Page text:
Demographic data, including participant zip code, parental education level, and annual household income, were collected from a health history form completed by the adolescent and parent.
Measures of rurality
There is no universally recognized classification system or definition of rurality. Commonly used delineations include the Rural–Urban Continuum Codes (RUCCs) (23), Rural–Urban Commuting Area (RUCA) codes (24), and Frontier and Remote Area (FAR) codes (25). This study used both zip code–level RUCA approximation codes developed by the University of Washington Rural Health Research Center (26) and 2010 US Census population density (number of people per square mile) data (25) as measures of rurality.
RUCA codes 1 through 3 are considered metropolitan (urban), codes 4 through 6 are micropolitan, codes 7 through 9 are small town, and code 10 is rural (24). The codes are based on population density, urbanization, and the size and direction of primary daily commuter flow between areas. They are further subdivided on the basis of secondary daily commuter flow size and direction. There is no standard definition or cutoff for population density.
R version 3.4.3 was used for analysis (19). Relationships with RUCA code and population density were tabulated separately, because each captured substantially unique variance. RUCA codes explain about 23% of the variation in log population density. Four RUCA codes were present in the data: 1.0 (metropolitan area core: primary commuting flow within an urbanized area), 2.0 (metropolitan area high commuting: primary flow of ≥30% to an urbanized area), 2.1 (metropolitan area high commuting: secondary flow of 30%–50% to a larger urbanized area), and 10.0 (rural areas: primary commuting flow to a tract outside an urbanized area or urban cluster). Because so few participants were represented in RUCA code 10.0 (n = 3), they were dropped from analysis. The cutoff for rural versus urban population density was set at fewer than 1,000 people per square mile for descriptive analyses (27); the continuous variable log population density was used in all models.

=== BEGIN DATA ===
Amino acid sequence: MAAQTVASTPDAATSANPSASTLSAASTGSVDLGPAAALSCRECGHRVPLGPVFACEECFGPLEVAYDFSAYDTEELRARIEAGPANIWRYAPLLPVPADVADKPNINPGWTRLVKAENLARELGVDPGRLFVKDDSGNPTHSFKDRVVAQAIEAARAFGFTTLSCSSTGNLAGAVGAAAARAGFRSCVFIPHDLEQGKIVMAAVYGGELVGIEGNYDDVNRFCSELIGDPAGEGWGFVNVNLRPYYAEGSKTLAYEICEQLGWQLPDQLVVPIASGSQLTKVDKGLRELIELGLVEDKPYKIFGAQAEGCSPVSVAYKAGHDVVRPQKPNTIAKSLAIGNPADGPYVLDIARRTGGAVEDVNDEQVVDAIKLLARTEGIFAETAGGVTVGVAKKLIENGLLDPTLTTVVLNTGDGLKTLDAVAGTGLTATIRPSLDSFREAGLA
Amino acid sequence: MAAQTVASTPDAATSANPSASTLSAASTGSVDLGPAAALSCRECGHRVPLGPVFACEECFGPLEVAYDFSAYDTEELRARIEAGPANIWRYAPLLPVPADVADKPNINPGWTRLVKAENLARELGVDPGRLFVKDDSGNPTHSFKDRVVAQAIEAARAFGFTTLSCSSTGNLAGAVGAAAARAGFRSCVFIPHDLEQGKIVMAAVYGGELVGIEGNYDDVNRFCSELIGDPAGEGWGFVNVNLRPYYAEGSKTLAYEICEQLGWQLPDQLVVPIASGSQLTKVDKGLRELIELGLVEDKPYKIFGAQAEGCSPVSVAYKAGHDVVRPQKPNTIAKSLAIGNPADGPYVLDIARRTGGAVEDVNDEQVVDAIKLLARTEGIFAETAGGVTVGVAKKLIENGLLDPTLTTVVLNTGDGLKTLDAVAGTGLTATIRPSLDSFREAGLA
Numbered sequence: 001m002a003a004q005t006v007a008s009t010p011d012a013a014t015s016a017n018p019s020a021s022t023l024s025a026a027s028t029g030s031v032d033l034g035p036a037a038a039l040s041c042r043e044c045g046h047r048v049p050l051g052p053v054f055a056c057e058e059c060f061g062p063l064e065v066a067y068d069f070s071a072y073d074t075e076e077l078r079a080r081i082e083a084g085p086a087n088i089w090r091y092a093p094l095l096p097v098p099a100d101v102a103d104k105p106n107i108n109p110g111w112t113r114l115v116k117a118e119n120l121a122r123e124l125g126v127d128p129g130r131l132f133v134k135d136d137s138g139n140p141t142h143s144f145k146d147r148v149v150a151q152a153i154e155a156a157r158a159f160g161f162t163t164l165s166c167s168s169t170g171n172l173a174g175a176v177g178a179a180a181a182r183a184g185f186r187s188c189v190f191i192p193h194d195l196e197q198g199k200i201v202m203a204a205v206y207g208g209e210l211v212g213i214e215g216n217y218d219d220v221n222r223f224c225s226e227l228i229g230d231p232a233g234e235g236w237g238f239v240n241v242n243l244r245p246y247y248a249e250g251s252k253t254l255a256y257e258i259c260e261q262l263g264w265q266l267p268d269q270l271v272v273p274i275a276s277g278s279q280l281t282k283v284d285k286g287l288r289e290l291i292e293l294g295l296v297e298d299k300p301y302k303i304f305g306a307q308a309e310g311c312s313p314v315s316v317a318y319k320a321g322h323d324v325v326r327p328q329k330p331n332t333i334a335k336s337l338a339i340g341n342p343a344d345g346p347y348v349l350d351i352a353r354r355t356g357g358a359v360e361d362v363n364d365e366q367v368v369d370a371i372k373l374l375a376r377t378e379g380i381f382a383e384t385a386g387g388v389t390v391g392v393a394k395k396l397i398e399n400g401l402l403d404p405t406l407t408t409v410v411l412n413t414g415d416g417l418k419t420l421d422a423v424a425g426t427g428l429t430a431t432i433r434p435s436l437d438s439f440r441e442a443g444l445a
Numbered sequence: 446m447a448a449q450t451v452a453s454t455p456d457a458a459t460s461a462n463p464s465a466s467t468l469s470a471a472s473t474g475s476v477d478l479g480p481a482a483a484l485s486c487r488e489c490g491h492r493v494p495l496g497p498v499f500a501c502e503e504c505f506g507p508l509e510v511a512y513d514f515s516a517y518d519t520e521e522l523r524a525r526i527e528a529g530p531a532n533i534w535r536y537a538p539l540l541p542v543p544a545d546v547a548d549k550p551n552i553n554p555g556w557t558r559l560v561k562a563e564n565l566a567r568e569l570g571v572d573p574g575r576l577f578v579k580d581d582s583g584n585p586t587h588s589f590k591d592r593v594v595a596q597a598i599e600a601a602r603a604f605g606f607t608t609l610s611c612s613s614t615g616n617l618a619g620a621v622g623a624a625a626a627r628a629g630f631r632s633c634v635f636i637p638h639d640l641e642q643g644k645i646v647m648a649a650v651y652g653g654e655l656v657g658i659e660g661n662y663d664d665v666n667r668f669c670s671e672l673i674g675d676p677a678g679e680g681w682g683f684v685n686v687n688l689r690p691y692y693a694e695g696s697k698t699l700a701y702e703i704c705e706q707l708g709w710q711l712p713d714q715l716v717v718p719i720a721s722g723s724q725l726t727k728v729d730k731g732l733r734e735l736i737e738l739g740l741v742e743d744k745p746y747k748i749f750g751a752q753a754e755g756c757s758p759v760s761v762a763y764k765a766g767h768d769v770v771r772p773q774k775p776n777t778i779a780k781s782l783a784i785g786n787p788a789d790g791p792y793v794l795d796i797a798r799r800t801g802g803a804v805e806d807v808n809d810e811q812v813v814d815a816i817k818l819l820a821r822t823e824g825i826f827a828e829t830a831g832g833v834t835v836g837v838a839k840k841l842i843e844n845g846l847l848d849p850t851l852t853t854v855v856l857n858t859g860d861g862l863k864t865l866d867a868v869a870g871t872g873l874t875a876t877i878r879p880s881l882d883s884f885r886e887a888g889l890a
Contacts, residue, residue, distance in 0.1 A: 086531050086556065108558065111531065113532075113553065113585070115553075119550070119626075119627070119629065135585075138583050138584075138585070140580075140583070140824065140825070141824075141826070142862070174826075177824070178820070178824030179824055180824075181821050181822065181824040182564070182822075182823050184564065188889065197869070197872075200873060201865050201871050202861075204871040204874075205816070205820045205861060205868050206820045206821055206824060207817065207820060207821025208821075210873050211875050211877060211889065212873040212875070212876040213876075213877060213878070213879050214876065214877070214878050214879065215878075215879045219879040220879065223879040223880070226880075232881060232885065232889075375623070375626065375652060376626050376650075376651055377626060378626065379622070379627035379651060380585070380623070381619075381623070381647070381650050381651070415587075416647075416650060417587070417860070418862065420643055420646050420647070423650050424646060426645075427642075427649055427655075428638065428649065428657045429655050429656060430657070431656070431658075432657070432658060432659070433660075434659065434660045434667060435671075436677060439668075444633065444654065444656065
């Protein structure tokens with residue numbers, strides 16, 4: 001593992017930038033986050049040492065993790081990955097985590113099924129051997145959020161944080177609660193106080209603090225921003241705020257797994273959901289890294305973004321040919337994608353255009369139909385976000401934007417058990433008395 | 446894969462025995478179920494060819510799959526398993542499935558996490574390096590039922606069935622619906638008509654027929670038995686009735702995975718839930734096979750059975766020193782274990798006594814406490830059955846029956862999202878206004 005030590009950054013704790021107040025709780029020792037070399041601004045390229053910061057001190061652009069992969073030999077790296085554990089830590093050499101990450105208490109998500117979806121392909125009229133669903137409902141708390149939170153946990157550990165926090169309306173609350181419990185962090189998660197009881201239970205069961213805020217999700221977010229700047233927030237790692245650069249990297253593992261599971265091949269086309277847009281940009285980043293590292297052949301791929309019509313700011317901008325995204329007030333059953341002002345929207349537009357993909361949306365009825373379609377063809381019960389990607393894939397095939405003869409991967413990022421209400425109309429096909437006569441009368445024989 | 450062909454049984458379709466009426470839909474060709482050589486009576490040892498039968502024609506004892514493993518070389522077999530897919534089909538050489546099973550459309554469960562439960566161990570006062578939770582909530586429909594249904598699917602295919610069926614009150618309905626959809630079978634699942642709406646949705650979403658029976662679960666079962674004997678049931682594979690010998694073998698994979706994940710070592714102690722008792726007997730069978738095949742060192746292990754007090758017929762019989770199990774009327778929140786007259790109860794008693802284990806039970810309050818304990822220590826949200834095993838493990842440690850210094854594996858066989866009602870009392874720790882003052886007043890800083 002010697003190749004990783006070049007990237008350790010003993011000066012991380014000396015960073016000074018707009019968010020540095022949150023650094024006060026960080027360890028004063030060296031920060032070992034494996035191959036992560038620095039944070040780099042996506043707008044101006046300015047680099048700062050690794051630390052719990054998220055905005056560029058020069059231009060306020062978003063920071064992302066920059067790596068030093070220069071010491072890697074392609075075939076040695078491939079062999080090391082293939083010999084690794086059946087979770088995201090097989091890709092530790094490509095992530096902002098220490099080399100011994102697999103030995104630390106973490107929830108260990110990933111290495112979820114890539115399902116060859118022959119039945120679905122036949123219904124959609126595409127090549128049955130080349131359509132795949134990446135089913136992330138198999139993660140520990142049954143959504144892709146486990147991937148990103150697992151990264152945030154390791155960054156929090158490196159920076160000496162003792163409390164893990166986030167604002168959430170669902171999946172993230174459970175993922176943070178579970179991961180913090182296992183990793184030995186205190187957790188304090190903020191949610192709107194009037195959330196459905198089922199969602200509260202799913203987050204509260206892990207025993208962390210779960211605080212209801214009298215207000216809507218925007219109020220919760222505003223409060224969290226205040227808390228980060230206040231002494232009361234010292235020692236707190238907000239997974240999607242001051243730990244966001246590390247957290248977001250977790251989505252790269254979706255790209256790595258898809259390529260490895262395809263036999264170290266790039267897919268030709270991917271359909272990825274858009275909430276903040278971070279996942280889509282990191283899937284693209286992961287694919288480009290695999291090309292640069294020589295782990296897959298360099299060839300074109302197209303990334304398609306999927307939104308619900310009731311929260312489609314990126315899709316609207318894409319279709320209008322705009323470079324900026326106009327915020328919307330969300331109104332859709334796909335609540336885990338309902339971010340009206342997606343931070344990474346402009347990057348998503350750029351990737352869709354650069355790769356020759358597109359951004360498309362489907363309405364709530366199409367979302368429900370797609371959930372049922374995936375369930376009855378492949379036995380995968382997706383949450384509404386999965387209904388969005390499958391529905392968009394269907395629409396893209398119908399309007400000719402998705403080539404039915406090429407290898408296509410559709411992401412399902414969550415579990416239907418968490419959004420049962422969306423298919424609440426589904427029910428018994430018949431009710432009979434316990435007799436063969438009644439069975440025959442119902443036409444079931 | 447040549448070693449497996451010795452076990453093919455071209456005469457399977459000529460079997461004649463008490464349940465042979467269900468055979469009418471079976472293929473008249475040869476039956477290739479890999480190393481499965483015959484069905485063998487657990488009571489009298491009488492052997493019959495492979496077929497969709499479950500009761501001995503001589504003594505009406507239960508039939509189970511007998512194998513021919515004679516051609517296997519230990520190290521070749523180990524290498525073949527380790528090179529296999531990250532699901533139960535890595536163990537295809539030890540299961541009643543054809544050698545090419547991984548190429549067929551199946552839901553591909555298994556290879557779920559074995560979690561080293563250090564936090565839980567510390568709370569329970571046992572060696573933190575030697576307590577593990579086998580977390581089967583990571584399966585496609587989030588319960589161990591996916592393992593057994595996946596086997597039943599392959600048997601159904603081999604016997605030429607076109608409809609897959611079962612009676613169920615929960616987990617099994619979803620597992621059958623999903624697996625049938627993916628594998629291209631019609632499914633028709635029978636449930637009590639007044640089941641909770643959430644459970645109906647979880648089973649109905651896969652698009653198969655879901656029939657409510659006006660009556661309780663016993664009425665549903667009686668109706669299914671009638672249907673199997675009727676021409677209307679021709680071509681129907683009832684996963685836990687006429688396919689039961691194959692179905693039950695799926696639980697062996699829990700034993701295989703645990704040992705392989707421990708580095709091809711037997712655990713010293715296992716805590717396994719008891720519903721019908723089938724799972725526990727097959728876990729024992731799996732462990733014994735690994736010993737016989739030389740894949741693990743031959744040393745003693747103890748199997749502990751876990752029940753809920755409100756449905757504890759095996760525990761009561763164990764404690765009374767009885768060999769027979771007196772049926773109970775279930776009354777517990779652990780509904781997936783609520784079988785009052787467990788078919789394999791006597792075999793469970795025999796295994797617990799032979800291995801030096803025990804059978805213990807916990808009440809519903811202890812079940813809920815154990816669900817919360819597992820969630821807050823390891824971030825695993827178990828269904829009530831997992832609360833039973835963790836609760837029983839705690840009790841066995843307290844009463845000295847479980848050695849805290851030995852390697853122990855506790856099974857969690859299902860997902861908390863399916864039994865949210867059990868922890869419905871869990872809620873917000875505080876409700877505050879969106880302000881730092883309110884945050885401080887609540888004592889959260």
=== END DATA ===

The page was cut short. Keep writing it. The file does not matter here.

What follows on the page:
Because measures of rurality were determined at the zip code level, there were multiple respondents per zip code, and multilevel models in which participants were nested within zip code were used for all analyses. For the accelerometer data, 3-level repeated measures models were used (ie, day nested within participant nested within zip code). To account for nonwear of accelerometers, each day was weighted by the proportion of nonwear, and all available data were included in the analysis. To examine the overall relationship between RUCA code and reported dietary intake and physical activity, we conducted 2-degrees-of-freedom log-likelihood (LL) ratio tests, which examine whether the RUCA codes were associated together with each outcome. Two dummy variables represented RUCA codes at the 3 included levels (1.0, 2.0, 2.1), with 1.0 as the reference category. If we found an overall effect of RUCA code, differences in means between the reference category and RUCA codes 2.0 and 2.1 were interpreted. We controlled for socioeconomic status as measured by annual family income (reference group, ≥$20,000 per year) and parental education level (reference group, <high school graduation). A difference in LL ratio test was used to test whether RUCA code contributed to variation in reported dietary intake and physical activity beyond the socioeconomic variables. LL tests for fixed effects were conducted by using maximum likelihood estimation.
Each of the dietary and physical activity outcomes was separately regressed on log population density, alone and then including the socioeconomic variables. In these analyses the hypotheses were assessed directly by the regression parameter for log density and no LL ratio test was needed. Intra-class correlation coefficients were tabulated to describe the extent to which participants’ reported dietary intake and physical activity differed within their zip codes or across zip codes. We did not tabulate results on participant weight status, because the design and recruitment methods of the longitudinal trial influenced the prevalence of overweight and obesity; approximately 40% of participants were overweight or obese at baseline by design.